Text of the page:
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Development Actors Can Play Key Role in Strengthening Refugee Protection Systems as Focus Broadens Beyond Status Recognition to Core Rights and Access to Services
Press Release
Wednesday, February 13, 2019

Development Actors Can Play Key Role in Strengthening Refugee Protection Systems as Focus Broadens Beyond Status Recognition to Core Rights and Access to Services

WASHINGTON — There is a massive gap between the recognized rights and quality of life for refugees in high-income countries and those residing elsewhere. And with 85 percent of the world’s 25.4 million refugees living in low- or middle- income countries that often lack the resources and capacity to support them, this protection gap is difficult to bridge for three key reasons. Firstly, international resettlement and humanitarian aid does not come close to balancing the scales. Second, governments are often reluctant to afford refugees the full rights and benefits outlined under international law. And finally, even where countries are willing to provide more comprehensive protection, they often lack the capacity to do so.

A new Migration Policy Institute policy brief, Strengthening Refugee Protection in Low- and Middle-Income Countries, examines how development actors can support the strengthening of protection systems as these countries move toward a more comprehensive approach to ensure refugees’ legal status, socioeconomic rights and access to basic services such as health care and education.

Building sufficient capacity to protect refugees requires much more than the creation of legal frameworks or procedures for determining refugees’ status—a reality recognized by the Comprehensive Refugee Response Framework, for example. The framework and the recently agreed Global Compact on Refugees have set out ambitious goals to improve refugees’ access to legal status, core rights such as employment and freedom of movement, and critical social services such as education.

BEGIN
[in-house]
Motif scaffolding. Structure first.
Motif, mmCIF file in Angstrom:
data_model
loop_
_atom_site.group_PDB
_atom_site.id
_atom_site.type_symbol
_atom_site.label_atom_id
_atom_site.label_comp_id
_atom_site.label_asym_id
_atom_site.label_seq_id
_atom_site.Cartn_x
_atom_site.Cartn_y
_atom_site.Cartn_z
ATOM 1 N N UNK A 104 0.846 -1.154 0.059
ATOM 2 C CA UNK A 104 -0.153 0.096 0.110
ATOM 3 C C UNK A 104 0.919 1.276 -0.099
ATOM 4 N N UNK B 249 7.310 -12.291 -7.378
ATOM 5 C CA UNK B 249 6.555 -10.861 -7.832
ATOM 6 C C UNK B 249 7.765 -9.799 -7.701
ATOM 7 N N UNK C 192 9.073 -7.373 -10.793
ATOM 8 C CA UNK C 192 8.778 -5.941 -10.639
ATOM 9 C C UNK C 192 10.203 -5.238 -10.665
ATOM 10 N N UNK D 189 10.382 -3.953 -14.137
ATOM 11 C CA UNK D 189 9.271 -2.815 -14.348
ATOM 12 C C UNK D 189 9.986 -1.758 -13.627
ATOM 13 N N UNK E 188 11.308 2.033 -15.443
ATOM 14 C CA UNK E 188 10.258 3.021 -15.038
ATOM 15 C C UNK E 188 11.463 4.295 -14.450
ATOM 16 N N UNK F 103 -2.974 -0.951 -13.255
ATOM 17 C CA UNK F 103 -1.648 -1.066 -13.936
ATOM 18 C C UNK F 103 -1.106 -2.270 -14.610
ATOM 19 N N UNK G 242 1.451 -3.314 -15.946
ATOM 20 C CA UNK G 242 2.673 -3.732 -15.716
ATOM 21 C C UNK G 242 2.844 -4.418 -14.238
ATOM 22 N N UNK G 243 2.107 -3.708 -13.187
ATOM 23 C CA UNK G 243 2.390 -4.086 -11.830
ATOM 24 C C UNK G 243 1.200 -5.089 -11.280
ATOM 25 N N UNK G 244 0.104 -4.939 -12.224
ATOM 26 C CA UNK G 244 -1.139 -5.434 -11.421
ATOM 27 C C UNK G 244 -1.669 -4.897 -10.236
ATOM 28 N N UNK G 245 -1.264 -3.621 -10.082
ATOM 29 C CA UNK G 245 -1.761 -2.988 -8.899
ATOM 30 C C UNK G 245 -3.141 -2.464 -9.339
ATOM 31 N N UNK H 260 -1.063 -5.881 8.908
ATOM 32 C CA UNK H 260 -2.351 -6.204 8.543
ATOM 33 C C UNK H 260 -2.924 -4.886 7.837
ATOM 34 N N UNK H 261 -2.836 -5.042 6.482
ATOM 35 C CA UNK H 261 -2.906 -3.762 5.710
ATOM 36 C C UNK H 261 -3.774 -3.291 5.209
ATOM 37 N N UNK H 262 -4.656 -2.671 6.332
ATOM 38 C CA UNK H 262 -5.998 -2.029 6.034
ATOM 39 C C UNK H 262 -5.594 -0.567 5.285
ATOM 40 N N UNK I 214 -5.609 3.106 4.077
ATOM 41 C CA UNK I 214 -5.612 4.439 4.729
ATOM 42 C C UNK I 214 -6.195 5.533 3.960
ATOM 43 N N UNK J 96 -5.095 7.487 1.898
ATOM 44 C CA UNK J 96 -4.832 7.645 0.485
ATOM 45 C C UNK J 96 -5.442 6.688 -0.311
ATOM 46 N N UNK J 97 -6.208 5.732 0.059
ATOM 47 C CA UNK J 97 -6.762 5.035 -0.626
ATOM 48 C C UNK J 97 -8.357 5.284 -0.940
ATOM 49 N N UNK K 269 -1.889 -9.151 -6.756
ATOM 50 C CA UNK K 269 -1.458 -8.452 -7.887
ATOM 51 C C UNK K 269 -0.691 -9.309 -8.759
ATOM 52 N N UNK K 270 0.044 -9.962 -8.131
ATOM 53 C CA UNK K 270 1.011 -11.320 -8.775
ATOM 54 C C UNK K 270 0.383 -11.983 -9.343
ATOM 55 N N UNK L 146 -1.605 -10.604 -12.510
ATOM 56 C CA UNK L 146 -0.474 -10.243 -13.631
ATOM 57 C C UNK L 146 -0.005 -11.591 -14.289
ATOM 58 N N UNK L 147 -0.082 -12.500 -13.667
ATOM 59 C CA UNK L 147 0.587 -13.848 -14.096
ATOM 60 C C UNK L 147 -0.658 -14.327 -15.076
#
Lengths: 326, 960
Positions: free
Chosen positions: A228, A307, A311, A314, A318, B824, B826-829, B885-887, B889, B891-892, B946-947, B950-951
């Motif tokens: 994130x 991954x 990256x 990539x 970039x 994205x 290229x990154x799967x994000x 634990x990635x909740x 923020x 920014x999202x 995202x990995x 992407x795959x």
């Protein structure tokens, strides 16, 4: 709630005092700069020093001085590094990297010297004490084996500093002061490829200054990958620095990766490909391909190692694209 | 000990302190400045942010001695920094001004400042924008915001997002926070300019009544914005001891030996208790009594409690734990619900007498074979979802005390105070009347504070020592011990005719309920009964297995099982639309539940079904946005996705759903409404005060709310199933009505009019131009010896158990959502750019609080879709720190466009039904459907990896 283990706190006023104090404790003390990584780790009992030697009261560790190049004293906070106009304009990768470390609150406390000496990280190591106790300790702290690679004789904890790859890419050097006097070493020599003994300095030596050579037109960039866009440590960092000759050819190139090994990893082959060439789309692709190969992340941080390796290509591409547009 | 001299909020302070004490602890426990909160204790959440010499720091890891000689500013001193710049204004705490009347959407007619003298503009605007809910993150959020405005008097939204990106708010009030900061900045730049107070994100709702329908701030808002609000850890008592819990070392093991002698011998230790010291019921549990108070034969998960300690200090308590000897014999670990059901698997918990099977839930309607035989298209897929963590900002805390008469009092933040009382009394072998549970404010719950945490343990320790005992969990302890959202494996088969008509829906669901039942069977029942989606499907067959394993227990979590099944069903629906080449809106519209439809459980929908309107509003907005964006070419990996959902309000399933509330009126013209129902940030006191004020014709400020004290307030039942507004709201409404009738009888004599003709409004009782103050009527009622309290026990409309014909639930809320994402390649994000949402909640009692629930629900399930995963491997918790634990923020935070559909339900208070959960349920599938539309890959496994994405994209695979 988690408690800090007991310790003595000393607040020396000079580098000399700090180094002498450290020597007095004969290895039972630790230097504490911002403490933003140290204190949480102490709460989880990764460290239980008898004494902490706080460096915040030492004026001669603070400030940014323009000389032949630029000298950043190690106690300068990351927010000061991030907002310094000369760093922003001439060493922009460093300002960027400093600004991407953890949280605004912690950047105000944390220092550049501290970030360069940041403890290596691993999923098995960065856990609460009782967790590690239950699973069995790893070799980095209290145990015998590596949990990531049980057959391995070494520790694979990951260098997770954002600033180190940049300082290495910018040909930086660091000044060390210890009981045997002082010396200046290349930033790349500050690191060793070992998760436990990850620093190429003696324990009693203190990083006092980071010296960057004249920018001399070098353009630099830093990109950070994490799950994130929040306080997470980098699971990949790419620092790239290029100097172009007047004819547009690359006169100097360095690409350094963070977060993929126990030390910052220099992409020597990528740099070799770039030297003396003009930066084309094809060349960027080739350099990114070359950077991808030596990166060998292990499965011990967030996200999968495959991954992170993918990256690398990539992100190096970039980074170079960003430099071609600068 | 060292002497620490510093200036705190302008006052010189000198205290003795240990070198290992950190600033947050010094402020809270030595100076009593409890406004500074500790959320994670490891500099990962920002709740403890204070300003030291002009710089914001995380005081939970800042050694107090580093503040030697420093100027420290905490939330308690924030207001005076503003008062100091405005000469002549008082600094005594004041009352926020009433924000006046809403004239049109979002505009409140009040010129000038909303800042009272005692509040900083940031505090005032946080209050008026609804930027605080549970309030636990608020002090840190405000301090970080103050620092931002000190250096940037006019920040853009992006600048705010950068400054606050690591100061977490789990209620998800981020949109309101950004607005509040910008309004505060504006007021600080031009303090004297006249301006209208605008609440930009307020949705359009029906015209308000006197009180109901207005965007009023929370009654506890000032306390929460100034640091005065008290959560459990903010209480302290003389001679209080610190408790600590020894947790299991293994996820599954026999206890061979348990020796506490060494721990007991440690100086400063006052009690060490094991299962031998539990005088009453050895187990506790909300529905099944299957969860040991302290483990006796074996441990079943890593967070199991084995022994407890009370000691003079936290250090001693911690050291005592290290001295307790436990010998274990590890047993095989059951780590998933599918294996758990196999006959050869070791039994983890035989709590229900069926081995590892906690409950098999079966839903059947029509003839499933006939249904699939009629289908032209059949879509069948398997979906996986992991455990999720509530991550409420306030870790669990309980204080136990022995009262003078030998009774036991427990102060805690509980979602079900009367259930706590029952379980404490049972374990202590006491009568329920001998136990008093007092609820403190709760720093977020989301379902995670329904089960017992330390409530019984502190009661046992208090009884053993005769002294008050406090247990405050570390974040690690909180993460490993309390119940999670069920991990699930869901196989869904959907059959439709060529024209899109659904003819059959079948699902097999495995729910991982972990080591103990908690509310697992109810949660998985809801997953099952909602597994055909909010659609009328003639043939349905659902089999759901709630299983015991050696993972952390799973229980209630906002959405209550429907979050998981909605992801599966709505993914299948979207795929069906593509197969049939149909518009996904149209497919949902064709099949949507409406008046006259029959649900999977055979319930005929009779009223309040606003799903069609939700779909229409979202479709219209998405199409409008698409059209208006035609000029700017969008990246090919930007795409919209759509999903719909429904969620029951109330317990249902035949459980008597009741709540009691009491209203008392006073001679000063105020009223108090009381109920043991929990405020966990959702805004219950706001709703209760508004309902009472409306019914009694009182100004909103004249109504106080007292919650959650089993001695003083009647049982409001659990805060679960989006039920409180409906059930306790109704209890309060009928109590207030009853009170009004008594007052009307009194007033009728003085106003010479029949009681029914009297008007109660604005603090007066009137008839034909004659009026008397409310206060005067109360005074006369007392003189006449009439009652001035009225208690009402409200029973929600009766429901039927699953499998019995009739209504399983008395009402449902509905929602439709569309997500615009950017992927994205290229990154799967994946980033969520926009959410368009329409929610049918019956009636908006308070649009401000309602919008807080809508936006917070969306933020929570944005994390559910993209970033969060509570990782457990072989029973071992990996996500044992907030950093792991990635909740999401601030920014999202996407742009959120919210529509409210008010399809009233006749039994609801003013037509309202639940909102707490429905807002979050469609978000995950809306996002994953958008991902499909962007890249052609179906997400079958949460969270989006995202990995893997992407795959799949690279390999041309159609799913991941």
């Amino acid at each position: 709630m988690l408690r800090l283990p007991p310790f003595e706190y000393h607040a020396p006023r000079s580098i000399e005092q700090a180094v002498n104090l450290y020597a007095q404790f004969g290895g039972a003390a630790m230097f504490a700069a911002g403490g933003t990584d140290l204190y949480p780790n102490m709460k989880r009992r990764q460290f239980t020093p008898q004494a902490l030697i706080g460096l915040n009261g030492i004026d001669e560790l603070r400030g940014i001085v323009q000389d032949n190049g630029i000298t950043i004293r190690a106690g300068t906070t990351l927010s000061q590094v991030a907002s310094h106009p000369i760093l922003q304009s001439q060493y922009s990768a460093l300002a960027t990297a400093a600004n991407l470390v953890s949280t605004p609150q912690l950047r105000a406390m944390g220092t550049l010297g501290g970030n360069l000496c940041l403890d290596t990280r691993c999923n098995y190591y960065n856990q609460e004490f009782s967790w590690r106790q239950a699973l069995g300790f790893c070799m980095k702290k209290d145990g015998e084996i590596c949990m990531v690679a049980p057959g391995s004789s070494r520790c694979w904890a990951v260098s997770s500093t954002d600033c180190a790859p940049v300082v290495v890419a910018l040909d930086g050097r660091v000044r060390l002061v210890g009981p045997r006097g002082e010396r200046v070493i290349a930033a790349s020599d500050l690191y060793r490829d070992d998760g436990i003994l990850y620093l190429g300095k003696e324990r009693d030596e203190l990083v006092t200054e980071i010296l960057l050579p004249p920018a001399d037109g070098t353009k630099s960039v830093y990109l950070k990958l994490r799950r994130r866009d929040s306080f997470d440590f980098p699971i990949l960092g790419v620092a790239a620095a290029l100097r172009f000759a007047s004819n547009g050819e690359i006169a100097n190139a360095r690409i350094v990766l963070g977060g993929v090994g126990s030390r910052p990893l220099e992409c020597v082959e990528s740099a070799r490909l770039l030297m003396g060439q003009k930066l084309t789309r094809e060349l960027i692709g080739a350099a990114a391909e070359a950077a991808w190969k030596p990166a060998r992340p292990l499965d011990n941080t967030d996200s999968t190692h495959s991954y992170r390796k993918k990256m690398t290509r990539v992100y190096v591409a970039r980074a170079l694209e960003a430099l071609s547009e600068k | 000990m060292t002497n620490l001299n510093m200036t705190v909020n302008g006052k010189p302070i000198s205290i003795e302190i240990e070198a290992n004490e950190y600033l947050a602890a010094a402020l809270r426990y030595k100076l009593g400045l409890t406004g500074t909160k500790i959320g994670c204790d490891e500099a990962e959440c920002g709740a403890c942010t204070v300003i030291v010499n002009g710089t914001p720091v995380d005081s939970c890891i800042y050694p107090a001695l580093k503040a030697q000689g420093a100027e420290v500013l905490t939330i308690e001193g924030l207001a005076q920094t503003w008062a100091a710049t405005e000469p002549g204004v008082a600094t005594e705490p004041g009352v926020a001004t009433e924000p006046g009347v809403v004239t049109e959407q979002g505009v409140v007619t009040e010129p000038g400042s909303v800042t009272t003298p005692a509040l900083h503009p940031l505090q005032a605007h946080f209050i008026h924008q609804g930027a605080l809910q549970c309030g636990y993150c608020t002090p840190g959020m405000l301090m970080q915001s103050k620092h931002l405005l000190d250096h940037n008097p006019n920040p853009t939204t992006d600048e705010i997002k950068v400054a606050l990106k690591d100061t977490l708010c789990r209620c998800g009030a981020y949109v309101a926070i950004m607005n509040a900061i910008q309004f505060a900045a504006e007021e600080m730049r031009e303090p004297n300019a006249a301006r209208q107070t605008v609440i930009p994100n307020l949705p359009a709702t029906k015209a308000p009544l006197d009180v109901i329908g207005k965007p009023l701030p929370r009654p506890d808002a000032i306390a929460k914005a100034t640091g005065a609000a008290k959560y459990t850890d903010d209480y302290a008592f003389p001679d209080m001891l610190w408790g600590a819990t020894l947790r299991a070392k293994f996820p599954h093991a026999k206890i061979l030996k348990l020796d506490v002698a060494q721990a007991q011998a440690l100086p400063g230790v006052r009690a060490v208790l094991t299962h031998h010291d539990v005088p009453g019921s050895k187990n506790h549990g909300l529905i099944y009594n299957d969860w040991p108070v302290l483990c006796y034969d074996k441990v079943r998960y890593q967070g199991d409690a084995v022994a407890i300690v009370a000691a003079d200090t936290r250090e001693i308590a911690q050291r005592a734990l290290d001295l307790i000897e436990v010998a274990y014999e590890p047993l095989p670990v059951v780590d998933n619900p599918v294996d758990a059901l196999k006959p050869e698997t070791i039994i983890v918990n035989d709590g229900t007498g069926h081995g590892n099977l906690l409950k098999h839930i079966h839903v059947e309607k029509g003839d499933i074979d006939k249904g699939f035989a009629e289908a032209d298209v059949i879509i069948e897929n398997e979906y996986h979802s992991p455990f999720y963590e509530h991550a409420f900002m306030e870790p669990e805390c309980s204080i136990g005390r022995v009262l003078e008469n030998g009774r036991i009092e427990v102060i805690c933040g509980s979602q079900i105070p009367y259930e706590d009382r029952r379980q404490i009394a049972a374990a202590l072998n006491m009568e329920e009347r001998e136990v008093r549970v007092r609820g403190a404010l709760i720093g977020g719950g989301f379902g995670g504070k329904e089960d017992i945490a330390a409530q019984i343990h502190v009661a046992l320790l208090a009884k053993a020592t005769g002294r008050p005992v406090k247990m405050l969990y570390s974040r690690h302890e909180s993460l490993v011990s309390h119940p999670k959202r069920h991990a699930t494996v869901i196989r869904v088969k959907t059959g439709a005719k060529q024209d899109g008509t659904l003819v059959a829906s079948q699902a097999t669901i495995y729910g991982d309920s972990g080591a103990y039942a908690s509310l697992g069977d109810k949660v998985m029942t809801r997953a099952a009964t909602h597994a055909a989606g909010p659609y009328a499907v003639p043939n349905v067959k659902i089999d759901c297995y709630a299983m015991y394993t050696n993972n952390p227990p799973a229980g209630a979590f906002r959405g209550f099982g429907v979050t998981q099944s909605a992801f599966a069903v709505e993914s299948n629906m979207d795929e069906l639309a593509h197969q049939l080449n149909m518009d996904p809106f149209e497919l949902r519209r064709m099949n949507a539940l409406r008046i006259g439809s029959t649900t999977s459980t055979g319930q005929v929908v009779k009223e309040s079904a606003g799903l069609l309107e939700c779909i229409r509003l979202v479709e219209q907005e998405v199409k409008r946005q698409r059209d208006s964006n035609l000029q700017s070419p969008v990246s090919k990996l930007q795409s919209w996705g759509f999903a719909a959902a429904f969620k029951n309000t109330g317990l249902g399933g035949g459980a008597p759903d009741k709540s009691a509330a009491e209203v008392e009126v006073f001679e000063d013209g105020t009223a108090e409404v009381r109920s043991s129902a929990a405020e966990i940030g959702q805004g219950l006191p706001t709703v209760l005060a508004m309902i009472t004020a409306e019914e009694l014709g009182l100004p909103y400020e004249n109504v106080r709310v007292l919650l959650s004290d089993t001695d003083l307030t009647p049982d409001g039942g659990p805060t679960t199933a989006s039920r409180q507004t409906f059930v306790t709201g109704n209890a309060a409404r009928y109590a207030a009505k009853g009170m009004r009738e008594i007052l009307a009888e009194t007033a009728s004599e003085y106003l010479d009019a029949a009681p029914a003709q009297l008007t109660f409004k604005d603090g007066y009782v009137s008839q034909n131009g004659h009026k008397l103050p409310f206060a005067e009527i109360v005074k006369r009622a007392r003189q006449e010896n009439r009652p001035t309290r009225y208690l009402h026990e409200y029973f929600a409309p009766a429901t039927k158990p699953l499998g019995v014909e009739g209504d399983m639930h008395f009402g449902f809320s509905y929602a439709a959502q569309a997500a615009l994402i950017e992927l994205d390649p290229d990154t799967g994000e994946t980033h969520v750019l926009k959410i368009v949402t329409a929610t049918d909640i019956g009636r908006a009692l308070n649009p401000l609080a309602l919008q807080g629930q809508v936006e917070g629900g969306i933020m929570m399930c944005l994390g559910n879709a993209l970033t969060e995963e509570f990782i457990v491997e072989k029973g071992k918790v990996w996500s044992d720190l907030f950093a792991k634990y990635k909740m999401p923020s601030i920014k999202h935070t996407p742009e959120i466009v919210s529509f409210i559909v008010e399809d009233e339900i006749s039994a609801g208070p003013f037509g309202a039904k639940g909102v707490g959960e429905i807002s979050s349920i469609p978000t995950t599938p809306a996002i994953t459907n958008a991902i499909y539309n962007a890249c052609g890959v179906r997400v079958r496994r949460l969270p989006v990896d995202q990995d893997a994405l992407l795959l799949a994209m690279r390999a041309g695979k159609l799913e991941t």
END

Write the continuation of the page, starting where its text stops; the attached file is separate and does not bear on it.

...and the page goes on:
And here, development actors have the background to help with the investments in regulations, staff and infrastructure necessary to achieve these broader goals, the policy brief finds.

“Although development actors have not traditionally been part of refugee protection efforts, their expertise on related issues could be leveraged to strengthen protection systems,” write authors Susan Fratzke and Camille Le Coz. “Many of the capacity gaps that hinder the effective implementation of protection-relevant policies, such as a lack of civil documentation systems or school capacity, are also development priorities.”

The brief is the seventh in a series, “Towards the Global Compact for Migration: A Development Perspective,” that results from a partnership between MPI and the Deutsche Gesellschaft für Internationale Zusammenarbeit (GIZ) GmbH, supported by the German Federal Ministry for Economic Cooperation and Development (BMZ). The series was created to provide evidence and policy ideas to inform negotiation and implementation of the global compact.

Read the policy brief here: www.migrationpolicy.org/research/refugee-protection-low-middle-income-countries.

Catch up with the rest of the series here: www.migrationpolicy.org/programs/international-program/global-compact-migration.

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The Migration Policy Institute (MPI) is an independent, non-partisan, non-profit think tank in Washington, DC dedicated to analysis of the movement of people worldwide. MPI provides analysis, development and evaluation of migration and refugee policies at local, national and international levels.